RIO GRANDE VALLEY, Texas (ValleyCentral) — Heralding spring in Deep South Texas, yuccas or pitas as they are known in Spanish, are in peak bloom throughout the wildlands, despite dry conditions this year.

While some are just starting to thrust their bloom spikes skyward, others are fully unfurling their creamy white flowers to the morning sun.

As they begin opening their petals, various hues of rich purple and reddish shades often appear, before the mature bloom glows a radiant white.

Yuccas flower in southernmost Texas from early January through March. In some years the bloom is sporadic, while in others they flower in magnificent unison, and a view from the air reveals their extensive beauty.

Yuccas are not only beautiful to behold, but they are also one of the most useful plants in the region and helped sustain indigenous people and early Spanish settlers.

The flowers are edible, the stalk is edible and the leaves can be used for making rope. The roots are an excellent source of soap. In the early 1900s, a Chicago company produced a popular soap using yucca root.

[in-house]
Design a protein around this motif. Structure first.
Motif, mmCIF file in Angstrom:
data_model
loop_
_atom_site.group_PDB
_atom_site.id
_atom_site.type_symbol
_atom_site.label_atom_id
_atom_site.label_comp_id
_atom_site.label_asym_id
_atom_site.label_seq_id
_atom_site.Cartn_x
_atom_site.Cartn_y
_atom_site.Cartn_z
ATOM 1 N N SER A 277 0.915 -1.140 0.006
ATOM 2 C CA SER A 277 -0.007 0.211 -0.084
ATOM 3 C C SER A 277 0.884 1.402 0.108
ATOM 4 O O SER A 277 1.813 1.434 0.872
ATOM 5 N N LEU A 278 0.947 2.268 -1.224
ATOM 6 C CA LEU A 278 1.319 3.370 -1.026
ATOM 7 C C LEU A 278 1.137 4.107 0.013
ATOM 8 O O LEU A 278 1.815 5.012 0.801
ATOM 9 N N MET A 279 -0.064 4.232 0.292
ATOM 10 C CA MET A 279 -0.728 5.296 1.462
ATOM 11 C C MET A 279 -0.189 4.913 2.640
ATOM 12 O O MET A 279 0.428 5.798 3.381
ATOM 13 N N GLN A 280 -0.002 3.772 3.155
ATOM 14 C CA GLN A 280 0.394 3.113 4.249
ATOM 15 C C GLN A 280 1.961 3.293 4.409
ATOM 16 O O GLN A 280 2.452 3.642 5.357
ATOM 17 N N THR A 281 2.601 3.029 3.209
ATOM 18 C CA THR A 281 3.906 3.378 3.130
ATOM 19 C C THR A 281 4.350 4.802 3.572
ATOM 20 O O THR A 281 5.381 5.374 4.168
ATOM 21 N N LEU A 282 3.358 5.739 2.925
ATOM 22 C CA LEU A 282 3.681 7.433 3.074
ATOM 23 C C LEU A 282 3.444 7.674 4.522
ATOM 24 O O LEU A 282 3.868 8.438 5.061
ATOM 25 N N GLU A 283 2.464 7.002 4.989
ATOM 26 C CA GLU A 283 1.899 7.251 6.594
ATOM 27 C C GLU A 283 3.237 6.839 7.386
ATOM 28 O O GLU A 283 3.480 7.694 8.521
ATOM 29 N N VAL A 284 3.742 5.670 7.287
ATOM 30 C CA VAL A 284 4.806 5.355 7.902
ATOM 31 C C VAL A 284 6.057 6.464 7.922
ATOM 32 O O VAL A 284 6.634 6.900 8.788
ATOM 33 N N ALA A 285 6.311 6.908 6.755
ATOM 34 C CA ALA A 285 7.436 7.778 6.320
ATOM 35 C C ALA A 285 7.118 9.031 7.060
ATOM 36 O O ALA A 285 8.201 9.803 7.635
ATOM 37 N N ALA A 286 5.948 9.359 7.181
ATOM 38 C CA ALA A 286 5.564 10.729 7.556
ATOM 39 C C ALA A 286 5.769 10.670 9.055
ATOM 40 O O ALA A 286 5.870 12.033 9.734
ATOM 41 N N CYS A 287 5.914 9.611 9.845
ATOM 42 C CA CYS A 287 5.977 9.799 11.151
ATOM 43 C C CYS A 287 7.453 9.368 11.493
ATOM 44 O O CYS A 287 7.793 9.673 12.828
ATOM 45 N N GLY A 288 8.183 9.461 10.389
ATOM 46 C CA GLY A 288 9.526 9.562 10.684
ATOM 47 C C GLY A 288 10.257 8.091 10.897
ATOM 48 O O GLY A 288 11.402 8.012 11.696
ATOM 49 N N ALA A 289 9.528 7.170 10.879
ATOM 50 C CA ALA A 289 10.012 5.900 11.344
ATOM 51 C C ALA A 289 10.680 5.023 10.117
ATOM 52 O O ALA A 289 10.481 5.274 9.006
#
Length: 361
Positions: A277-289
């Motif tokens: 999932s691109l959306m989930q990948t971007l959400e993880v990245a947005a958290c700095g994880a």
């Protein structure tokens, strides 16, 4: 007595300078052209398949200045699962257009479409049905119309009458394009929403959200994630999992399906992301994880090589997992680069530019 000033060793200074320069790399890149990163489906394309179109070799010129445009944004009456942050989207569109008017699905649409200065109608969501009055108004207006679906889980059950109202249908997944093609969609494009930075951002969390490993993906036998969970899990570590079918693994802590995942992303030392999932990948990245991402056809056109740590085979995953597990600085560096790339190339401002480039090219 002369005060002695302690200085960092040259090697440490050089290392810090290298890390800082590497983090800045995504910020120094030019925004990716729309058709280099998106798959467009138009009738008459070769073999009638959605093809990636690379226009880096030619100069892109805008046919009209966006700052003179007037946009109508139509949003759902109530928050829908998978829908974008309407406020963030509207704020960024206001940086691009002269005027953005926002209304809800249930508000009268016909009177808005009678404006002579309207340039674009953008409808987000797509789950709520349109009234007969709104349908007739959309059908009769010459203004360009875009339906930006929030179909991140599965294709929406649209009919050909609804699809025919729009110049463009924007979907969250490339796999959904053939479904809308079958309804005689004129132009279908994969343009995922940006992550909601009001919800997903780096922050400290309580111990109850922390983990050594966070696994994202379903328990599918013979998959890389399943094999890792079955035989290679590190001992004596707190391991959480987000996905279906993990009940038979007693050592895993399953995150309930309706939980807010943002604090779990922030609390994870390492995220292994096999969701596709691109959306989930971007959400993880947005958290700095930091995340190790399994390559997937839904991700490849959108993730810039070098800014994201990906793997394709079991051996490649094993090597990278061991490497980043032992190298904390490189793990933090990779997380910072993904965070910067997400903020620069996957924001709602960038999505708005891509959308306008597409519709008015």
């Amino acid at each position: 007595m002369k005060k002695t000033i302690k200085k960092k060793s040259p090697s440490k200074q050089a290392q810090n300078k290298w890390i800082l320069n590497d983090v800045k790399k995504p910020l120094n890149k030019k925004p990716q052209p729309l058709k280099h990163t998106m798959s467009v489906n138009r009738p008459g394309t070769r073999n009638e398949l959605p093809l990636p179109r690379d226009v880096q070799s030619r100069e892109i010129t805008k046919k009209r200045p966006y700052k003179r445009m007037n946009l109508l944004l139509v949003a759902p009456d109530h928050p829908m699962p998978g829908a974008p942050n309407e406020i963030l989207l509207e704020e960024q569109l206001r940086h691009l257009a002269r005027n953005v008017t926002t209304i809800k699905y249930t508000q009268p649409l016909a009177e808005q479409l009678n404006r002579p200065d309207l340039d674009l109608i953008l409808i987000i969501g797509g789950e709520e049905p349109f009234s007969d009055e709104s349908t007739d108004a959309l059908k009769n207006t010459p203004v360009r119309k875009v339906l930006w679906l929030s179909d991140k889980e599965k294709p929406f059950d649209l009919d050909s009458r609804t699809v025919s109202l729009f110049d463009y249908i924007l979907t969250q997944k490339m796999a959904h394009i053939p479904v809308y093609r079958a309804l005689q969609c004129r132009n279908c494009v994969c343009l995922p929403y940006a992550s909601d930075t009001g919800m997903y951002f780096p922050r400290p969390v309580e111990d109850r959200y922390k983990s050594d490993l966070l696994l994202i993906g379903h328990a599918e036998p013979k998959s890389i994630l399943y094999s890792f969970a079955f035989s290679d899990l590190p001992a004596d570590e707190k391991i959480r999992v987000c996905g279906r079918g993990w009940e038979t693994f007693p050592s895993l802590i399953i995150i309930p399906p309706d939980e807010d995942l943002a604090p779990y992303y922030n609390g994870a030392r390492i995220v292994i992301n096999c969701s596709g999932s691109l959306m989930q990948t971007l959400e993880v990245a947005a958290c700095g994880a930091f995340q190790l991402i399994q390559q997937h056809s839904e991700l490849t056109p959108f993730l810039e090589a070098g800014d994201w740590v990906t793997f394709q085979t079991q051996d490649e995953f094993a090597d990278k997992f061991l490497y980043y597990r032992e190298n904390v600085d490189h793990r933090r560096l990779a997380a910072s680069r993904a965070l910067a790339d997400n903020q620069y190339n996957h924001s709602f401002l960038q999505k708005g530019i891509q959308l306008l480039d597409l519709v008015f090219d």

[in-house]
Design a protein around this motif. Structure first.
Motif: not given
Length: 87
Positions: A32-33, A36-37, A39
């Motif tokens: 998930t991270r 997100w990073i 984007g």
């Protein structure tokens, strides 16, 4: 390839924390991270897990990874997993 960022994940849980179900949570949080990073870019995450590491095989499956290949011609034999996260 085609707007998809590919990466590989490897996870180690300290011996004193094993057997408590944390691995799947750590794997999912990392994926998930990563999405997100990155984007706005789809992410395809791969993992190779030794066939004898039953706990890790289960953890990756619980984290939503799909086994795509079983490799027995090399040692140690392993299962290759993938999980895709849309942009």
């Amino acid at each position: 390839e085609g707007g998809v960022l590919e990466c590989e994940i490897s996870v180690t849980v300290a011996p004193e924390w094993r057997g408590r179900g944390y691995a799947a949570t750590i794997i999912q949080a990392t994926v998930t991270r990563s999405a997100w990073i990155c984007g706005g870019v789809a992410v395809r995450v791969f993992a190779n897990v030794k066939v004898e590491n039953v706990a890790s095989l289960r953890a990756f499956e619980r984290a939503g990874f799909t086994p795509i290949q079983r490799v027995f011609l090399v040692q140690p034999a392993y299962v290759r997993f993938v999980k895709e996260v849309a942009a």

Yuccas also provide food and shelter for wildlife, and this chachalaca is enjoying a tasty snack of pita petals.

Many birds, such as the Aplomado falcon, build their nests within the protective spines of the Spanish dagger.

One of the best places to see blooming yuccas is Laguna Atascosa National Wildlife Refuge east of Rio Hondo, but just remember plants and animals at Laguna are protected for all to enjoy, so don’t pick a pita from the refuge.

It is a magical season in the South Texas wildlands, but the annual flowering of pitas is fleeting, so venture out and savor splendor while it lasts in the land of the yucca.